Say Olori

…You know you want to

Iya Arike

One of my earliest memories of my mum is a very beautiful one indeed. I remember her in her plaid and floral patterned pair of shorts, long hair and fair legs, dancing to Dolly Parton (the only musician she remembers from her youth) in the kitchen as she made sunday dinner. I would sit on a small stool somewhere in the kitchen, looking up at her, thnking how beautiful and tall she looked (we are thesame height now so she doesn’t look so tall anymore…jes To me, no one was cooler than my mum. Aunty, as I called her back then, could do no wrong. She was an angel, my angel.

Iya Arike struggled for me to start school, worked even harder for me to stay in school. She made it her duty to ensure that the lack of ‘Christmas dress’ would not cause endless tears in our household. It was through her daily toils that I learned that women too can work extra hard. My mother was not a ‘big fan’ house chores, infact, I dare to say she didn’t like washing and cleaning much but our house was argueably the neatest in the neighbourhood. She always found a way to do it. Let’s not even talk about her cooking….hmmmn… Iya Arike can cook up a storm…especially on saturday evenings. She would have two fresh pots of soup ready by 5pm, with hot succulent pounded yam (yes, ‘pounded’), ready to follow.

We sure have had our moments through the years. I remember whenever our primary school was on summer holiday, Iya Arike would also take her annual leave from work to stay at home with her children. She would buy lots of Ribena and delicious cookies for us to eat but after eating all that, you dare not refuse to eat your vegetables. I loved the holidays.

She always had a cane for those moments when we tend to forget that ‘she can beat’ but the teacher that dared to rough-handle Iya Arike’s child at school would drink her own sweat for breakfast the next day. I remember a teacher once said to me, “please put your hand well o! Before I’ll injure you again  and your mother will come.” 🙂

The first time I came first in school, I was barely 6years old. She grabbed me in her arms and threw me up excitedly. I thought I had achieved the biggest feat of all time. I also remember when she dropped me off at boarding school. The way she wept, you would have thought I just got enlisted in the army…eish!

In my teenage years, we did struggle in our relationship, like most mothers and their teenage daughters. When Iya Arike found my first ‘love letter’… my oh my! That was ‘the day’. She woke me up in the middle of the night and told me the ‘story of my life’. I couldn’t understand what the fuss was about. At 13 years old, we were not even bold enough to make eye contact, or exchange as much as a handshake, let alone all the imaginations in Iya Arike’s mind. However, as I got older and wiser, her ‘over-reaction’ that day kept me in check.

Seven years later when I told her about a certain young man who I was ‘in love’ with, she almost had a heart attack. With eyes full of fear and concern, she said, “I don’t want you to have sex till you’re married”. I’m like, “Geez mum! Who said anything about sex?”. Love them or love them, we can’t deny that the seeming ‘over-protectiveness’ of our mums has paid off in a lot of ways… *whispering* but we will not admit it to their faces, lest they lord it over us 😉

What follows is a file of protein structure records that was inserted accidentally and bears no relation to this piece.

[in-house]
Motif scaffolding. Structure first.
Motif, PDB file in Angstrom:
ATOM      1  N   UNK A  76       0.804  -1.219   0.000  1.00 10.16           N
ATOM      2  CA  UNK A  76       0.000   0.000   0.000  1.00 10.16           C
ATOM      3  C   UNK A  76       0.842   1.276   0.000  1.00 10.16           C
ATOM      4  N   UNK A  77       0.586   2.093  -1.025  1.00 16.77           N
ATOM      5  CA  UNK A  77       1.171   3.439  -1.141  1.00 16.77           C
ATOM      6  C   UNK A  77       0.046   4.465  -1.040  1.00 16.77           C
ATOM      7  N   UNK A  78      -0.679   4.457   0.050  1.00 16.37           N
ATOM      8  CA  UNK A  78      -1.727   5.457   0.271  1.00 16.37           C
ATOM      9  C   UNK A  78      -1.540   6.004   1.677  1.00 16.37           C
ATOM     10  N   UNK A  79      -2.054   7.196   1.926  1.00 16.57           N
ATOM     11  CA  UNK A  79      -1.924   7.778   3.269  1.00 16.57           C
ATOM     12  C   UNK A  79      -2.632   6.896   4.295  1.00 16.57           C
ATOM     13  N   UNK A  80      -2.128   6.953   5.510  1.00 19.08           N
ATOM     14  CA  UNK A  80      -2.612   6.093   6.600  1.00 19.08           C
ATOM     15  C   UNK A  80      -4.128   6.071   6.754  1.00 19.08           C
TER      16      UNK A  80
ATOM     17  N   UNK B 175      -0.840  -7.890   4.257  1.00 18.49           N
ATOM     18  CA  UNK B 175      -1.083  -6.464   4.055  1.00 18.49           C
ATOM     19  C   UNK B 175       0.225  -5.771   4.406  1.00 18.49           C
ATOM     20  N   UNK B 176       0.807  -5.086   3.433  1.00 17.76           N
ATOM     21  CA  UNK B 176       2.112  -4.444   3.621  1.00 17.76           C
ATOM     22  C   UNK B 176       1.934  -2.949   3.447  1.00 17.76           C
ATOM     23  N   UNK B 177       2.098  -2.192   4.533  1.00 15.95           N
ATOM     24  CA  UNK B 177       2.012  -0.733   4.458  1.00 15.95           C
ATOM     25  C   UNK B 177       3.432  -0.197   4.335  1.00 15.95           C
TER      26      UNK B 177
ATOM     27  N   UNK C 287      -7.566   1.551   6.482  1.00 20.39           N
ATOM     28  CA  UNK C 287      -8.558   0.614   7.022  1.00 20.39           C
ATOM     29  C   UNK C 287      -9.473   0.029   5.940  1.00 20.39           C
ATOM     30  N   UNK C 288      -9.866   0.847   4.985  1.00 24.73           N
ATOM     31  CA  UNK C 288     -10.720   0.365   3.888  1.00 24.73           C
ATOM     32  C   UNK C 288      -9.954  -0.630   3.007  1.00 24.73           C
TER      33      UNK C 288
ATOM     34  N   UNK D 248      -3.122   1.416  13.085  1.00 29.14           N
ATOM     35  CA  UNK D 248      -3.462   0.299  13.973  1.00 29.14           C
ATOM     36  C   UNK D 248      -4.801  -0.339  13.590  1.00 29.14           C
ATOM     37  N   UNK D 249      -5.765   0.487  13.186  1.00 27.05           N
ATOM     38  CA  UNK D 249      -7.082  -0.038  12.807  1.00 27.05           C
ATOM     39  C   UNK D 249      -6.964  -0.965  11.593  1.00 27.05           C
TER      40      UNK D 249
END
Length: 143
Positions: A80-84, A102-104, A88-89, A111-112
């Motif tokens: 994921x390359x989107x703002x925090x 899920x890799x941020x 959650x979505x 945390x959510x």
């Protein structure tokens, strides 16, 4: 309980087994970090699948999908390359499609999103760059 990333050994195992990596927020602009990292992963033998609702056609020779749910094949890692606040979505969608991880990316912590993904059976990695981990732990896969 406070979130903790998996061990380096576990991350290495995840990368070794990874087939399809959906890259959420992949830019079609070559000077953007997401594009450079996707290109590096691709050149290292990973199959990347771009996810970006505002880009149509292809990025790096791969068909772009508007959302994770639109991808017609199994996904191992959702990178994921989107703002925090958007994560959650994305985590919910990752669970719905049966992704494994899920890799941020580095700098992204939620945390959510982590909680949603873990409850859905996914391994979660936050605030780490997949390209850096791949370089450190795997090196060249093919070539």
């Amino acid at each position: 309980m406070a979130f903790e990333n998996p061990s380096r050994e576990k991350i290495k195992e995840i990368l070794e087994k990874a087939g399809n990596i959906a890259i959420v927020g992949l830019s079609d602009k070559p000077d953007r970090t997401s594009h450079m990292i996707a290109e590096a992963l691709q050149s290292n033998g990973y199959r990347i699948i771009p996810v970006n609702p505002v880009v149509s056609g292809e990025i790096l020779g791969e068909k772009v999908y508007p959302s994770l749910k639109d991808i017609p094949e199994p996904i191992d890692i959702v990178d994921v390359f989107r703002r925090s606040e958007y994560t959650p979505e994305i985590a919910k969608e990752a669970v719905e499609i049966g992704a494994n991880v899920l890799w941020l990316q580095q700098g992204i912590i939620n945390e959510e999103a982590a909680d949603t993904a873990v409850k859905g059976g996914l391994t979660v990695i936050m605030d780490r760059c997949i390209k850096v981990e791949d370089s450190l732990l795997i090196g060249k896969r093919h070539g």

Iya Arike would come to visit me at school bearing delicious meals. She prayed even morre than I did during my exams and she would roll on the floor in thanks to God whenever I came home with my results. This bears credence to the yoruba saying that ‘Iya ni alabaro omo’.

She has been my bestfriend, my confidant, my companion, my ‘gist mate’ through the good times and the bad times, ups, downs and the pretty much confusing times. Eventhough there are many times we do not agree, I do know that nobody can replace my Iya Arike.

It’s Mothers’ Day again and I thank God for sparing Iya Arike’s life for me. God bless you mum. I love you so much.

What’s your fondest memory of your mum? Do share.


2 comments on “Iya Arike

  1. Oluwadamilare
    March 18, 2012

    I totally connect! I remember my mum giving my teacher a very hard time for drinking my water in primary 1. I was neat, but partly stingy and I hated anyone sharing any of my things with me. Then my teacher crossed the line. The next day, she really got an offenders treat…….As I read this article, a blurred image of that incidence flooded my head. I couldn’t help but laugh. I guess Mums are really an exception to the use of the word “best”. Each and everyone’s mum is truly the best mum in the world!

  2. Dee
    March 20, 2012

    This is very brillant! Our mums r indeed special. This got me thinking about the decisions my mum took about me that has shapened my life & made me the man I am today.
    Growing up, I always thought my mum was very strict (I still do) but looking back, I really appreciate her for that. Being the only boy amongs 4 children, you would have expected her to spoil me silly, but she didn’t. Instead, she showed me no special favour, always making me do d most stringent task, shipping me off to boarding house in Jos, e.t.c. But she never failed to stand up for me or come visit me in Jos.

    I agree with Oluwadamilare, “mum u r truely the best”.

Waiting to read your thoughts on this. xoxo

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This entry was posted on March 18, 2012 by in Relationships and tagged , , , , .
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